Hmm, the new year splurging has begun. Only a little so far on the TBR – up 1 to 194 – but the wishlist has grown dramatically, and it’s mainly your fault. All these posts about books to look forward to in 2021, and best-of lists for 2020, not to mention recommendations for my challenges – frankly it’s all very stressful! I need a spa day…
Here’s another batch of ones I knead to get to soon…
Homage to Catalonia by George Orwell
Next up for my Spanish Civil War challenge, I suspect this is probably the best known book about the subject in the English language. I also suspect it might be too one-sided and polemical for my taste, but we’ll see…
The Blurb says: Homage to Catalonia is George Orwell’s personal account of his experiences and observations fighting for the Republican army during the Spanish Civil War. The war was one of the shaping events on his political outlook and a significant part of what led him to write, in 1946, “Every line of serious work that I have written since 1936 has been written, directly or indirectly, against totalitarianism and for Democratic Socialism, as I understand it.”
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Review-along: Scottish Classic
The Silver Darlings by Neil M Gunn
A few of us have been discussing what book we could read as a review-along – i.e., those of us who blog will post our reviews on the same day, and those who don’t blog will post their opinions in the comments section. It came down to a shortlist of two: this, and Vanity Fair. So I’m suggesting we do both, though a few months apart. This one first, a highly rated Scottish classic from an author I haven’t tried before. Sounds great, though! I’m suggesting a review date of Wednesday 24th March to allow time for possible difficulties in getting hold of it. (If that date doesn’t work for anyone, let me know.) Rose and Christine are in – I’m hoping Alyson will be too if she hasn’t already read it (or fancies re-reading it). And anyone else who would like to join in will be very welcome – the more the merrier!
The Blurb says: The Silver Darlings is a tale of lives hard won from a cruel sea and crueller landlords. It tells of strong young men and stronger women whose loves, fears and sorrows are set deep in a landscape of raw beauty and bleak reward. The dawning of the Herring Fisheries brought with it the hope of escape from the brutality of the Highland Clearances, and Neil Gunn’s story paints a vivid picture of a community fighting against nature and history and refusing to be crushed.
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Cluny Brown by Margery Sharp
Another one from my Classics Club list. Margery Sharp is an author I’ve heard so many people around the blogosphere praise, and this will be my introduction to her work. I’m not sure it’s my kind of thing, but I have my fingers crossed!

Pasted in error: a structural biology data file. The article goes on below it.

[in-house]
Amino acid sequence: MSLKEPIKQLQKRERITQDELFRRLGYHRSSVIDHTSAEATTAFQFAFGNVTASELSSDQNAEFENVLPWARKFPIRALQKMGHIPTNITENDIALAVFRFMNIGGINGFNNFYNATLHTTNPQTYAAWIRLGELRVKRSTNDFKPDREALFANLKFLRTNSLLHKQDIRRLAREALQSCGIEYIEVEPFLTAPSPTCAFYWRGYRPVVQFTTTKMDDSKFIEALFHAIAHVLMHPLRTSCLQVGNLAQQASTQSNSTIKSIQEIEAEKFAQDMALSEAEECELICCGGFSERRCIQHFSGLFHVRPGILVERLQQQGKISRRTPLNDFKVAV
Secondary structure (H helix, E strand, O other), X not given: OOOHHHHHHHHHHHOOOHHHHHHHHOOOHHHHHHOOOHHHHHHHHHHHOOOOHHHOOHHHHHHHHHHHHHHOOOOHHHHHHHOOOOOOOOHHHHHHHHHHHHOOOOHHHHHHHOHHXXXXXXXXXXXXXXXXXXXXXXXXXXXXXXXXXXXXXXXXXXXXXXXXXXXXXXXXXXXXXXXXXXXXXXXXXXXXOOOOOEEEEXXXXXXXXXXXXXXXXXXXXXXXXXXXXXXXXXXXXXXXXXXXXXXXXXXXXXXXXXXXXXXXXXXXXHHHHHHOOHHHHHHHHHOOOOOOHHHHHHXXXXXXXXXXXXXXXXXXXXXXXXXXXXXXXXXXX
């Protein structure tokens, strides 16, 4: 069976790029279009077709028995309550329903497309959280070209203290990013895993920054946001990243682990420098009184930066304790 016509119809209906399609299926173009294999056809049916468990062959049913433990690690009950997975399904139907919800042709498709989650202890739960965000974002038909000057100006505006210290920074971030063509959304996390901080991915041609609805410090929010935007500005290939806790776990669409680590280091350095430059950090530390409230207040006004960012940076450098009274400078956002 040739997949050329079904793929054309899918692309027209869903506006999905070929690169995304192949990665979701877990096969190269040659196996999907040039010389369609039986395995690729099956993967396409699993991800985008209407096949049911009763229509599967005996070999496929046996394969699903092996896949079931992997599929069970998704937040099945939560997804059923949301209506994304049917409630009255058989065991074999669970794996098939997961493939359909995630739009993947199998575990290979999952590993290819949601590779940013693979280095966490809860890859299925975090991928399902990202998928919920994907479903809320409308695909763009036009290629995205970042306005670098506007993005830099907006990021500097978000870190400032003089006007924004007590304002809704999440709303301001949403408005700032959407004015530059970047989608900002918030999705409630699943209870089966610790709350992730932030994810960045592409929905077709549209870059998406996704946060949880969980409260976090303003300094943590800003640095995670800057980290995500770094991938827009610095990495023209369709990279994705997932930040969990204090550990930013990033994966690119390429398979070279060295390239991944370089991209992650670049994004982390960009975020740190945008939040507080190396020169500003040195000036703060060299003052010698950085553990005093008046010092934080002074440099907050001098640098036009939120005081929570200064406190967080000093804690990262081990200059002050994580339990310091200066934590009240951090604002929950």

The Blurb says: Cluny Brown has committed an unforgivable sin: She refuses to know her place. Last week, she took herself to tea at the Ritz. Then she spent almost an entire day in bed eating oranges. To teach her discipline, her uncle, a plumber who has raised the orphaned Cluny since she was a baby, sends her into service to be a parlor maid at one of England’s stately manor houses.
At Friars Carmel in Devonshire, Cluny meets her employers: Sir Henry, the quintessential country squire, and Lady Carmel, who oversees the management of her home with unruffled calm. Their son, Andrew, newly returned from abroad with a Polish émigré writer friend, is certain that the world is once again on the brink of war. Then there’s Andrew’s beautiful fiancée and the priggish pharmacist. While everyone around her struggles to keep pace with a rapidly changing world, Cluny continues to be Cluny, transforming the lives of those around her with her infectious zest for life.
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The Less Dead by Denise Mina
The Blurb says: When Margo goes in search of her birth mother for the first time, she meets her aunt, Nikki, instead. Margo learns that her mother, Susan, was a sex worker murdered soon after Margo’s adoption. To this day, Susan’s killer has never been found.
Nikki asks Margo for help. She has received threatening and haunting letters from the murderer, for decades. She is determined to find him, but she can’t do it alone…
A brilliant, thought-provoking and heart-wrenching new thriller about identity and the value of a life, from the award-winning author of The Long Drop and Conviction.
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NB All blurbs and covers taken from Goodreads or Amazon UK.
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